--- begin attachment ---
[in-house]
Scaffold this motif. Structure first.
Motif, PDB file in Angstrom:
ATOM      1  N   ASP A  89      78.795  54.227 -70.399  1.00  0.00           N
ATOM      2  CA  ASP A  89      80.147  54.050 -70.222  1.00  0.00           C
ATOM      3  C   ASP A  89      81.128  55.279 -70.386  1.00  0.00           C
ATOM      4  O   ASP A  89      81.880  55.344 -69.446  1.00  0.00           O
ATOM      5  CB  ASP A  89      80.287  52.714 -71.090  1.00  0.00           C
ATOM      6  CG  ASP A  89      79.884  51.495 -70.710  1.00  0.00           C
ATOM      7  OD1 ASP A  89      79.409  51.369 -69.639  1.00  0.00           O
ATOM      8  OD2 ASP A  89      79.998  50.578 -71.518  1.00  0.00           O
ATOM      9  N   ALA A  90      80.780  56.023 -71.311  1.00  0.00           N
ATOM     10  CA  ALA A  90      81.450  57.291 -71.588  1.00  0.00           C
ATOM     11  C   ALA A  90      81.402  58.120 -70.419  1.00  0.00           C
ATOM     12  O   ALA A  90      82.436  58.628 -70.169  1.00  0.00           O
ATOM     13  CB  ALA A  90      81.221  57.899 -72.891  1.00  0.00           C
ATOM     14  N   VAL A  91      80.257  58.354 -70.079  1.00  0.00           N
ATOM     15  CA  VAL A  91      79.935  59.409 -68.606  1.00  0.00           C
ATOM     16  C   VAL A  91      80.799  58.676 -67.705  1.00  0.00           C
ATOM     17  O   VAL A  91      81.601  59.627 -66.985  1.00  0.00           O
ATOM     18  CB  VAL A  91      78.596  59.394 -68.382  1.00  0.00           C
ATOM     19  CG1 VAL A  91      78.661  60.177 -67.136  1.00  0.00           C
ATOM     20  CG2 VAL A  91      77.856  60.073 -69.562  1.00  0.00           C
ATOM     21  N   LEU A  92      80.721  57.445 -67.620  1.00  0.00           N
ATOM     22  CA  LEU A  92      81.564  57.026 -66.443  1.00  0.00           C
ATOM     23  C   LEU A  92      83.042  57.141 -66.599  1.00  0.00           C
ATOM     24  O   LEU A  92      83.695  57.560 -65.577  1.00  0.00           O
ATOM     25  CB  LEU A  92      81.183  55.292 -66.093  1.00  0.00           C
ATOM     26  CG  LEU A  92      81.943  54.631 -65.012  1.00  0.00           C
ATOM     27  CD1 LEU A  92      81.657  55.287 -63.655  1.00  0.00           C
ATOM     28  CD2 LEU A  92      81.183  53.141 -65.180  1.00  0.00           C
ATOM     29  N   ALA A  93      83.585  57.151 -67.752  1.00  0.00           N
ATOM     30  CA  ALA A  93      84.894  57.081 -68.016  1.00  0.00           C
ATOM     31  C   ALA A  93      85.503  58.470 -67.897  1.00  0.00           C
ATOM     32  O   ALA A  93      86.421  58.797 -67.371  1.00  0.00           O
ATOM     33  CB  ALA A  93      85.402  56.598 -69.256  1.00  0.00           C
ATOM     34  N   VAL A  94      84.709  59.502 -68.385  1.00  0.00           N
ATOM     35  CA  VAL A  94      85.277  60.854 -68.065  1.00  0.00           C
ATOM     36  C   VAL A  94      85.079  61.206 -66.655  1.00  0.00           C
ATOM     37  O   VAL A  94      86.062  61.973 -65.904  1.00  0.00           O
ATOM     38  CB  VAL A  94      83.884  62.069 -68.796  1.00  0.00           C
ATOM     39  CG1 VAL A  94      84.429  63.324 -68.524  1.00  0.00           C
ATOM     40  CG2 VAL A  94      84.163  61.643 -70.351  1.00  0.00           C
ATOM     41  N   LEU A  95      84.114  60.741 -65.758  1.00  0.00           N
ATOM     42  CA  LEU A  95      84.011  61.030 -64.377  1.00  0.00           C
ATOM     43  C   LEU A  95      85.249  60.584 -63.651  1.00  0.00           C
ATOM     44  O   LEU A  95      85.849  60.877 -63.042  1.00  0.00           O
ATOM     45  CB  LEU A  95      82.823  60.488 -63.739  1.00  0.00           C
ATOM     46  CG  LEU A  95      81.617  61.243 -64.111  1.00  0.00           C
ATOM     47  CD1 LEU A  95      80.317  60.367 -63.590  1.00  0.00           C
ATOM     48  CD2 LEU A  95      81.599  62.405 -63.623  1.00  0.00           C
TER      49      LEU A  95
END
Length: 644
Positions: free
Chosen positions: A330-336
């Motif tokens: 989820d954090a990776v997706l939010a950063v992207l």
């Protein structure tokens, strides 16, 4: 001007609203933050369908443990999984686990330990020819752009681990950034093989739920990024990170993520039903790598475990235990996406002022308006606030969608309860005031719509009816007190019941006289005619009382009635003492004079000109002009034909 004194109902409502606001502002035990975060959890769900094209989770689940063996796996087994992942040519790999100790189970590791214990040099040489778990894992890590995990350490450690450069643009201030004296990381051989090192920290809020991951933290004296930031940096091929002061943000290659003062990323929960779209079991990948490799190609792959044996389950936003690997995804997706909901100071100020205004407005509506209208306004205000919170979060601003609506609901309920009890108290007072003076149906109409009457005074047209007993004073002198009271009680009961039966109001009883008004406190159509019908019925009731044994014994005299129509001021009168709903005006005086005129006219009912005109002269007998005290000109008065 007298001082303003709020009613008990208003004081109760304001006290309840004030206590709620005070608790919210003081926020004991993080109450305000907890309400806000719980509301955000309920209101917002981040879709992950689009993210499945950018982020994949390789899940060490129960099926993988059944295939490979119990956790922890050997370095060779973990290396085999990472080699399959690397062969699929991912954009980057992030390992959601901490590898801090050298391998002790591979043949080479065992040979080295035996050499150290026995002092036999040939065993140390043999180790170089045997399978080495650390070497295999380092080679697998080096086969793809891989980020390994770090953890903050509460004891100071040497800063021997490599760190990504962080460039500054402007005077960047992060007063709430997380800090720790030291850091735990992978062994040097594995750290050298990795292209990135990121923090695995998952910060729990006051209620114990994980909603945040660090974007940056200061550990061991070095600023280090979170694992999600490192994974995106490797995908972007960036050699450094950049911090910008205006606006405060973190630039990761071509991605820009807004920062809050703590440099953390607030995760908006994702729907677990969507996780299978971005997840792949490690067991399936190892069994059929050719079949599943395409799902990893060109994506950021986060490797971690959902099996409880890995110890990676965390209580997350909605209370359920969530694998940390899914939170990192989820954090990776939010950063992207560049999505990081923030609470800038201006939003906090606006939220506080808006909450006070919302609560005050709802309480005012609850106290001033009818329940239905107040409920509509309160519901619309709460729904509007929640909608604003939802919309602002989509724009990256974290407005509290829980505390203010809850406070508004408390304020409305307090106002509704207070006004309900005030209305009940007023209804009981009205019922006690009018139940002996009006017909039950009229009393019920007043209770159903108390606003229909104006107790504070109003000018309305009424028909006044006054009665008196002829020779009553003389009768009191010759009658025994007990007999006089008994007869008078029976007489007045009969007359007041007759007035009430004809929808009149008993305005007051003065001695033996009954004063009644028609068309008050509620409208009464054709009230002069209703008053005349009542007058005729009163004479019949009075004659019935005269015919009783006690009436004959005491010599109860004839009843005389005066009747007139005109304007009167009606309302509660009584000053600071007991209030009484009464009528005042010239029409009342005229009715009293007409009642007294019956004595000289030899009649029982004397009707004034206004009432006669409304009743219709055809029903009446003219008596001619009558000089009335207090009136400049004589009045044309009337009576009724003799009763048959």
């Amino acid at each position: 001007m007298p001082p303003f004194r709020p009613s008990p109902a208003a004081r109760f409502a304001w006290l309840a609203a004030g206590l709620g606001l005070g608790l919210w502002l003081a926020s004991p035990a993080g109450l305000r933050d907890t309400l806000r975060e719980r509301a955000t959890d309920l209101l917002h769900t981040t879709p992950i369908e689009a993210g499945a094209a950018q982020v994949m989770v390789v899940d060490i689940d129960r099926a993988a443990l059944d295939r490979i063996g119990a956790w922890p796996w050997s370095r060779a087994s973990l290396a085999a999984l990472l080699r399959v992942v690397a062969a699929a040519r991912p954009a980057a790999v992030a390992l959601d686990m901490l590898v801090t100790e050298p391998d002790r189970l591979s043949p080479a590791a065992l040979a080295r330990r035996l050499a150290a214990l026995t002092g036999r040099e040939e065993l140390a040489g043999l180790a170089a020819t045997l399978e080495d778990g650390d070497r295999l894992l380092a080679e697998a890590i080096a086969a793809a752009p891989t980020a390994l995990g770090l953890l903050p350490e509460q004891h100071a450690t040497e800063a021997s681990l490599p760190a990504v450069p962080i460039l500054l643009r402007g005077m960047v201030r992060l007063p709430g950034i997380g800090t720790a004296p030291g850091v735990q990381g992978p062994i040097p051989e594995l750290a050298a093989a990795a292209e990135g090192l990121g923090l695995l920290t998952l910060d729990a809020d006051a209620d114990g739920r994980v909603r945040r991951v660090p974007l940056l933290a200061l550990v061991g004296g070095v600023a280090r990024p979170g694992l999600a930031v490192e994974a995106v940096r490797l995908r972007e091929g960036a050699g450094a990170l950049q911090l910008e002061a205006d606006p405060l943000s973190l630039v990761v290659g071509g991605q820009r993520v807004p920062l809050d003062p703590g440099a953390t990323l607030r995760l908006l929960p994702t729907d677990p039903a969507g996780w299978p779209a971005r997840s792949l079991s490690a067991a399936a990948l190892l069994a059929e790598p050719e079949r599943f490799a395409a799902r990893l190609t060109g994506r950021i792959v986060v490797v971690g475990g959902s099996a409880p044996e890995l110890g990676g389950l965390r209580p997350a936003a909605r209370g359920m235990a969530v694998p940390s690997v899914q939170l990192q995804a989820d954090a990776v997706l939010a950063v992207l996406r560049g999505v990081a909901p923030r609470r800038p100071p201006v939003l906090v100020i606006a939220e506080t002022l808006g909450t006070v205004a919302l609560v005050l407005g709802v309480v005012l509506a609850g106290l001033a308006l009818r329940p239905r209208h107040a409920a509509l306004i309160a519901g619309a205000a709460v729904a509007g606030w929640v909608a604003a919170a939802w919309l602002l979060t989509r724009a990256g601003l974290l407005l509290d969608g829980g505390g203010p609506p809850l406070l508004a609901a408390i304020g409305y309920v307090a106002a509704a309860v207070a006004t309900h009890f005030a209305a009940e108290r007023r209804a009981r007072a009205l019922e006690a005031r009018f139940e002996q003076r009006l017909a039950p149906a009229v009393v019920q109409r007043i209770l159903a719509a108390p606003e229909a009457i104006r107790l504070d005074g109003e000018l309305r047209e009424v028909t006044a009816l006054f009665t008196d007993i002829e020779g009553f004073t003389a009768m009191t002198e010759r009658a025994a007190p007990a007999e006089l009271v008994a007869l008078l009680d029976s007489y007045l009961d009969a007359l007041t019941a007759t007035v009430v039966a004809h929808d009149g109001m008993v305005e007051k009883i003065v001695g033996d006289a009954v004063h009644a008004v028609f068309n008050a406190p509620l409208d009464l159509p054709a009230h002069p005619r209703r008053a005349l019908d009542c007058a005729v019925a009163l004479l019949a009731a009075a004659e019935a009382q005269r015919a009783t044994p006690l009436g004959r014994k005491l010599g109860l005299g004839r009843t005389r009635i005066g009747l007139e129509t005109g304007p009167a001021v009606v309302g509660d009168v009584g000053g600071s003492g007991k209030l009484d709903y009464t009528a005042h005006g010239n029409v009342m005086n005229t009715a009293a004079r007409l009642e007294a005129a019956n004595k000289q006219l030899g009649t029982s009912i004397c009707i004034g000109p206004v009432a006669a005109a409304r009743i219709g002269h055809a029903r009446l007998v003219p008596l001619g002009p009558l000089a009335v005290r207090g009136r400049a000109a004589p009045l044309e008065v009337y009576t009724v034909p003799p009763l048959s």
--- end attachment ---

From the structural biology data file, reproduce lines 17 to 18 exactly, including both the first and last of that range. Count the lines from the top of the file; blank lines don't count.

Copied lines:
ATOM     14  N   VAL A  91      80.257  58.354 -70.079  1.00  0.00           N
ATOM     15  CA  VAL A  91      79.935  59.409 -68.606  1.00  0.00           C